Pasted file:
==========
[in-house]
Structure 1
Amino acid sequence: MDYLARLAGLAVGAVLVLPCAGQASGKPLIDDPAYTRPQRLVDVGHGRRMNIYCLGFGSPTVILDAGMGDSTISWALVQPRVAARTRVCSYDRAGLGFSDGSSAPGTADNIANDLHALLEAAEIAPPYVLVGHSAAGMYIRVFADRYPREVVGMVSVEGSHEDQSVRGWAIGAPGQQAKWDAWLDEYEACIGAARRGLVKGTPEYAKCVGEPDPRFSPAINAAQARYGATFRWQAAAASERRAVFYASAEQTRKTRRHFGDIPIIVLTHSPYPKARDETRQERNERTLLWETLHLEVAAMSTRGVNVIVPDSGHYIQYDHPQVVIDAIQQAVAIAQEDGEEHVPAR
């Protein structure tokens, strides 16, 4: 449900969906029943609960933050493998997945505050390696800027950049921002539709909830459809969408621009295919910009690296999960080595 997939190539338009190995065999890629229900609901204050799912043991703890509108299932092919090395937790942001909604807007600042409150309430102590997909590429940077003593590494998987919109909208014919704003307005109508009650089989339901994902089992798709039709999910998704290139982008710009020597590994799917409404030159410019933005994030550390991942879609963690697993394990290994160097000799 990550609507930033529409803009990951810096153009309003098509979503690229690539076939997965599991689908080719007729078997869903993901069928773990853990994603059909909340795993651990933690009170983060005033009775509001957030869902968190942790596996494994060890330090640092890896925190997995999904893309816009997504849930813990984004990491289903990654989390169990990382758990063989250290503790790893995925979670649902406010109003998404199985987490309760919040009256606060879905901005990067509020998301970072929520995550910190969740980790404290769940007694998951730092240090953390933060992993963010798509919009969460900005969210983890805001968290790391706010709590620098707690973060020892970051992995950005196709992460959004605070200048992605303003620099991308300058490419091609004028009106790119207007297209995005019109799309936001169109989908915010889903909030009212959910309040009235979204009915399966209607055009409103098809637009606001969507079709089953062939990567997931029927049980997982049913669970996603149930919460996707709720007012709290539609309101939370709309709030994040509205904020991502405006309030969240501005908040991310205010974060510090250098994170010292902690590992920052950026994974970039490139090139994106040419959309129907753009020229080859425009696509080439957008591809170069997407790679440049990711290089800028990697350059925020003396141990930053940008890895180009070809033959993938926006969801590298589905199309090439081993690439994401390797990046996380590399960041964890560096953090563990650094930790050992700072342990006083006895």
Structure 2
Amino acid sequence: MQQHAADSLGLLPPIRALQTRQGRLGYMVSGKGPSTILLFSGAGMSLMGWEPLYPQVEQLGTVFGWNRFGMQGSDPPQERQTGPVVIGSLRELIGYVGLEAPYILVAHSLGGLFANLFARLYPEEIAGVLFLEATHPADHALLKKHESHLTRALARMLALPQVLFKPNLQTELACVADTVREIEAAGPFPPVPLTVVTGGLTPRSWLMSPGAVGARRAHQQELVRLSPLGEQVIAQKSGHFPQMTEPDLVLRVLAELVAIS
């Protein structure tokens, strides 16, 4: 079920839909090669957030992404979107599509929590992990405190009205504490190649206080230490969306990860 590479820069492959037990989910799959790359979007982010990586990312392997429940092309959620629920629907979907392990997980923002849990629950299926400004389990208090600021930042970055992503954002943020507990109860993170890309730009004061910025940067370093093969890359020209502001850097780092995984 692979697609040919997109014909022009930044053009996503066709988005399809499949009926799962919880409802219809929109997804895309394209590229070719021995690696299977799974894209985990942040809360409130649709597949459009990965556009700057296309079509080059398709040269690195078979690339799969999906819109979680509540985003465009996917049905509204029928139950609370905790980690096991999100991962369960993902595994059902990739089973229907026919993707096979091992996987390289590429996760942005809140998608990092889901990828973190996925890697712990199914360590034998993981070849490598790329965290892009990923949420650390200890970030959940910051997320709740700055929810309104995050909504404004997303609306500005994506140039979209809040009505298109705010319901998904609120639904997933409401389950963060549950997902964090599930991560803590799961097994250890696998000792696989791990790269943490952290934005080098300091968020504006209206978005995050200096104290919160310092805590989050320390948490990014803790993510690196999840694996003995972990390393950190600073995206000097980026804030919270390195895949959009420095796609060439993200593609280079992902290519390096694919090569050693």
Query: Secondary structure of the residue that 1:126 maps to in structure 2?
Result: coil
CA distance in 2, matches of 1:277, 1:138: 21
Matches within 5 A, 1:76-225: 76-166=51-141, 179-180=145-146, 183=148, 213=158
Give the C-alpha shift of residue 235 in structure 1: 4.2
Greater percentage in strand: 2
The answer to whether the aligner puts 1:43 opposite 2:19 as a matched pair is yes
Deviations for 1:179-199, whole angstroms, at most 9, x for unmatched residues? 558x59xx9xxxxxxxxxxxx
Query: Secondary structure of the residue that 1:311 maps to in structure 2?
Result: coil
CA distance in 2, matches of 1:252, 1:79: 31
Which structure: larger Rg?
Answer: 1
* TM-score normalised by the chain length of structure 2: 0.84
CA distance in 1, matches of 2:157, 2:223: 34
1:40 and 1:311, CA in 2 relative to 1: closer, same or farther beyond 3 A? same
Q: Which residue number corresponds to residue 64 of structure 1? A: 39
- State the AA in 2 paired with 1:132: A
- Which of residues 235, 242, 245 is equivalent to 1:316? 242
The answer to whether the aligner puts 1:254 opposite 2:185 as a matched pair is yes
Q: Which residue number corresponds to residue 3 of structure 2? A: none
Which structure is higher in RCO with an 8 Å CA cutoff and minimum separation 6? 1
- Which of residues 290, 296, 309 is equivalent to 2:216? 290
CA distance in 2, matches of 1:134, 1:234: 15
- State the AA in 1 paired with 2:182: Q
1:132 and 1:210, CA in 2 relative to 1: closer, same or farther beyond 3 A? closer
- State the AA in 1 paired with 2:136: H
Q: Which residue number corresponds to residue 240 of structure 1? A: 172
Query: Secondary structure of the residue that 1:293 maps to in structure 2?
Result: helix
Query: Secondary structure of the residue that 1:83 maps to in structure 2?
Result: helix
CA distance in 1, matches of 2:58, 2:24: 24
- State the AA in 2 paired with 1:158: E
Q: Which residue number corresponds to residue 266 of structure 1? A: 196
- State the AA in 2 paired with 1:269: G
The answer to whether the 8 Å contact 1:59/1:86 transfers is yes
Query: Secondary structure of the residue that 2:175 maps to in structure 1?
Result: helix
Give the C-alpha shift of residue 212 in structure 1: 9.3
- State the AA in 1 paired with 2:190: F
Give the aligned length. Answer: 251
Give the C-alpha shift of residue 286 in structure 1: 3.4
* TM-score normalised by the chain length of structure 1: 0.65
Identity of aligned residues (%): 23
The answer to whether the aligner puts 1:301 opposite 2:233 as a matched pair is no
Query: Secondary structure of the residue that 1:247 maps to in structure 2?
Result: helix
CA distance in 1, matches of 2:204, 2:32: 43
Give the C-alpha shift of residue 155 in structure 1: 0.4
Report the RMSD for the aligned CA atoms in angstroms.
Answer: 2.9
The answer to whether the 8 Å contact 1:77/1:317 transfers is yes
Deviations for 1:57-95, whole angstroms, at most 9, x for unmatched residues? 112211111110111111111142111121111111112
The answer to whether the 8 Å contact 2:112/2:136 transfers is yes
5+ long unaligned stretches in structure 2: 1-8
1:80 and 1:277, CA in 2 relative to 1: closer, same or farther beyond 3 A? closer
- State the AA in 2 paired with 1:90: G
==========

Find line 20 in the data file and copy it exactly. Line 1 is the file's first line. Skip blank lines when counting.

Answer: 1